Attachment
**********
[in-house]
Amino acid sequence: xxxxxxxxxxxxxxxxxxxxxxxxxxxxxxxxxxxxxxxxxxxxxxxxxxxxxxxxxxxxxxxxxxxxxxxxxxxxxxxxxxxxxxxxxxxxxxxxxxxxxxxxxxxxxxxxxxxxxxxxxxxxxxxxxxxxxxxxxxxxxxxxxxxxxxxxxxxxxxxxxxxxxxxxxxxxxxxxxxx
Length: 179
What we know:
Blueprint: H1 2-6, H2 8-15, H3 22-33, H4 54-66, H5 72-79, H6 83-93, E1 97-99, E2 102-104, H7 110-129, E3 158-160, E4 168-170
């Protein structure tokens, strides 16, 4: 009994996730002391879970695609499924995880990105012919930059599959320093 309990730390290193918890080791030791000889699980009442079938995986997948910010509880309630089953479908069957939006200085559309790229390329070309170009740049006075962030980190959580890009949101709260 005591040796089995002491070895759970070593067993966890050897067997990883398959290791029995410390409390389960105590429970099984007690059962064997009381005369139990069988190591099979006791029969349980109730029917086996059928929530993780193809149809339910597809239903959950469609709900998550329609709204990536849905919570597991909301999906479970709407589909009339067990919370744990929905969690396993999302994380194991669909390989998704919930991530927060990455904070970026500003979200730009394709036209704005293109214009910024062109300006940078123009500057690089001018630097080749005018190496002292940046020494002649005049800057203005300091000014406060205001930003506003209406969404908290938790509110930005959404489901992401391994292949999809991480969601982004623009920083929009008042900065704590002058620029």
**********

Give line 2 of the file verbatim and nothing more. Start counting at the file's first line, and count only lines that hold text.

Amino acid sequence: xxxxxxxxxxxxxxxxxxxxxxxxxxxxxxxxxxxxxxxxxxxxxxxxxxxxxxxxxxxxxxxxxxxxxxxxxxxxxxxxxxxxxxxxxxxxxxxxxxxxxxxxxxxxxxxxxxxxxxxxxxxxxxxxxxxxxxxxxxxxxxxxxxxxxxxxxxxxxxxxxxxxxxxxxxxxxxxxxxx